Al-Quran Surah 24. An-Nur, Ayah 4

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وَالَّذِينَ يَرْمُونَ الْمُحْصَنَاتِ ثُمَّ لَمْ يَأْتُوا بِأَرْبَعَةِ شُهَدَاءَ فَاجْلِدُوهُمْ ثَمَانِينَ جَلْدَةً وَلَا تَقْبَلُوا لَهُمْ شَهَادَةً أَبَدًا ۚ وَأُولَٰئِكَ هُمُ الْفَاسِقُونَ


Asad : And as for those who accuse chaste women [of adultery],6 and then are unable to produce four wit-nesses [in support of their accusation], flog them with eiphty stripes;7 and ever after refuse to accept from them any testimony-since it is they, they that are truly depraved"-
Khattab :

Those who accuse chaste women ˹of adultery˺ and fail to produce four witnesses, give them eighty lashes ˹each˺. And do not ever accept any testimony from them—for they are indeed the rebellious—

Malik : Those who accuse a chaste woman of fornication and do not produce four witnesses to support their allegation, shall be flogged with eighty lashes and their testimony shall not be accepted ever after, for they are the ones who are wicked transgressors
Pickthall : And those who accuse honorable women but bring not four witnesses, scourge them (with) eighty stripes and never (afterward) accept their testimony--They indeed are evildoers--
Yusuf Ali : And those who launch a charge against chaste women and produce not four witnesses (to support their allegation) flog them with eighty stripes: and reject their evidence ever after: for such men are wicked transgressors 2958
Transliteration : Waallatheena yarmoona almuhsanati thumma lam yatoo biarbaAAati shuhadaa faijlidoohum thamaneena jaldatan wala taqbaloo lahum shahadatan abadan waolaika humu alfasiqoona
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Asad   
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Asad 6 The term muhsanat denotes literally "women who are fortified [against unchastity]", i.e., by marriage and or faith and self-respect, implying that, from a legal point of view, every woman must be considered chaste unless a conclusive proof to the contrary is produced. (This passage relates to women other than the accuser's own wife, for in the latter case - as shown in verses {6-9} - the law of evidence and the consequences are different.
Asad   
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Asad 7 By obvious implication, this injunction applies also to cases where a woman accuses a man of illicit sexual intercourse, and is subsequently unable to prove her accusation legally. The severity of the punishment to be meted out in such cases, as well as the requirement of four witnesses - instead of the two that Islamic Law regards as sufficient in all other criminal and civil suits - is based on the imperative necessity of preventing slander and off-hand accusations. As laid down in several authentic sayings of the Prophet, the evidence of the four witnesses must be direct, and not merely circumstantial: in other words, it is not sufficient for them to have witnessed a situation which made it evident that sexual intercourse was taking or had taken place: they must have witnessed the sexual act as such, and must be able to prove this to the entire satisfaction of the judicial authority (Razi, summing up the views of the greatest exponents of Islamic Law). Since such a complete evidence is extremely difficult, if not impossible, to obtain, it is obvious that the purpose of the above Qur'anic injunction is to preclude, in practice, all third-party accusations relating to illicit sexual intercourse - for, "man has been created weak" ({4: 28}) - and to make a proof of adultery dependent on a voluntary, faith-inspired confession of the guilty parties themselves.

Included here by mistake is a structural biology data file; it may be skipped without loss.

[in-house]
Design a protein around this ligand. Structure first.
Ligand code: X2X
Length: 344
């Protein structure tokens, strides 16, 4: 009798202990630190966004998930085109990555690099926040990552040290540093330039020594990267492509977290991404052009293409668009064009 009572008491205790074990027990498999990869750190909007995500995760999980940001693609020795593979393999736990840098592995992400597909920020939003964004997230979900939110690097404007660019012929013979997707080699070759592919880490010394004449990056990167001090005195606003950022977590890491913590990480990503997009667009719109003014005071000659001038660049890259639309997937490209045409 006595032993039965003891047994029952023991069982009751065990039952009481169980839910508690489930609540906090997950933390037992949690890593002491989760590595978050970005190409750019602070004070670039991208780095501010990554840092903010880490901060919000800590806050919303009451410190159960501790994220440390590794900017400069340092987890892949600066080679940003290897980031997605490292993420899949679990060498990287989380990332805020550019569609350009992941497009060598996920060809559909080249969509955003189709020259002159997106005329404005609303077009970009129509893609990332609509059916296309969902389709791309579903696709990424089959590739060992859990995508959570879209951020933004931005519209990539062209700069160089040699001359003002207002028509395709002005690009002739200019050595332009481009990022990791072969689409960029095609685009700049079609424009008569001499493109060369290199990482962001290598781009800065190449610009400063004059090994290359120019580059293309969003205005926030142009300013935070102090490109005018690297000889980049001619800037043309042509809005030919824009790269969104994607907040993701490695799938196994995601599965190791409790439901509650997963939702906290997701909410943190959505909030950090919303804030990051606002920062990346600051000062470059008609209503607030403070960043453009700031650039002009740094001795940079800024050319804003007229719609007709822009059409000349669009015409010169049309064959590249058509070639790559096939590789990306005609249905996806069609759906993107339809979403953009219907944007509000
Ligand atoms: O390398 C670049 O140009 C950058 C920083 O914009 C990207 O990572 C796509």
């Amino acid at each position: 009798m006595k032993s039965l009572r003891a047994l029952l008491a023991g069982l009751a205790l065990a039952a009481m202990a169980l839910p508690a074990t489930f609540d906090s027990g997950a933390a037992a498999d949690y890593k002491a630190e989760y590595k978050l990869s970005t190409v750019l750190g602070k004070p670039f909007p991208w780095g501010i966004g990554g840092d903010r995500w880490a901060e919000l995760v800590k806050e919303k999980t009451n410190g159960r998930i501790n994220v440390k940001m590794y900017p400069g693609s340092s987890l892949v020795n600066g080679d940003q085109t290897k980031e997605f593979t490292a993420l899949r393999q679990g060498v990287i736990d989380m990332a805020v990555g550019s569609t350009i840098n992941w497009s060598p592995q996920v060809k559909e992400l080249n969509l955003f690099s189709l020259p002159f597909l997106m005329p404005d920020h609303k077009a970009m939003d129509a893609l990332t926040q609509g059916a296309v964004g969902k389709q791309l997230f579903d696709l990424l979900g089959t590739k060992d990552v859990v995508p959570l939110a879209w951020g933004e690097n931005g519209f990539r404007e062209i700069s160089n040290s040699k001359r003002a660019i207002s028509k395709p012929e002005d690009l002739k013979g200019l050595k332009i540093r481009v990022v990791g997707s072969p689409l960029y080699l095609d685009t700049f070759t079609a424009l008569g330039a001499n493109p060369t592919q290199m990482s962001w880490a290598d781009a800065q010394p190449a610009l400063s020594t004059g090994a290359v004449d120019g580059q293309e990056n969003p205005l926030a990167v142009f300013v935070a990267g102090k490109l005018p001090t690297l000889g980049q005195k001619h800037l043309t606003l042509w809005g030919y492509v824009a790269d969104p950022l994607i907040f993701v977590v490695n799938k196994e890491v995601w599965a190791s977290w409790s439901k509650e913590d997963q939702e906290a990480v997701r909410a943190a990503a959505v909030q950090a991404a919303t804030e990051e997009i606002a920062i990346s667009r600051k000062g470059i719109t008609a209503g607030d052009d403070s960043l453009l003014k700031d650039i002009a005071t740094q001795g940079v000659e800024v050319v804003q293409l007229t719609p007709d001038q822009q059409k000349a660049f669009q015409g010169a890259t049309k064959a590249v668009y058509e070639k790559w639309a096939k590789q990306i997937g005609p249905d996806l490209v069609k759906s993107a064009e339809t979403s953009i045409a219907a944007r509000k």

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Yusuf Ali   
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Yusuf Ali 2958 The most serious notice is taken of people who put forward slanders or scandalous suggestions about women without adequate evidence. If anything is said against a woman's chastity, it should be supported by evidence twice as strong as would ordinarily be required for business transactions, or even in murder cases. That is, four witnesses would be required instead of two. Failing such preponderating evidence, the slanderer should himself be treated as a wicked transgressor and punished with eighty stripes. Not only would he be subjected to this disgraceful form of punishment, but he would be deprived of the citizen's right of giving evidence in all matters unless he repents and reforms, in which case he can be readmitted to be a competent witness. The verse lays down the punishment for slandering "chaste women", which by consensus of opinion also covers slandering chaste men. Chaste women have been specifically mentioned, according to Commentators, because slandering them is more abhorrent.

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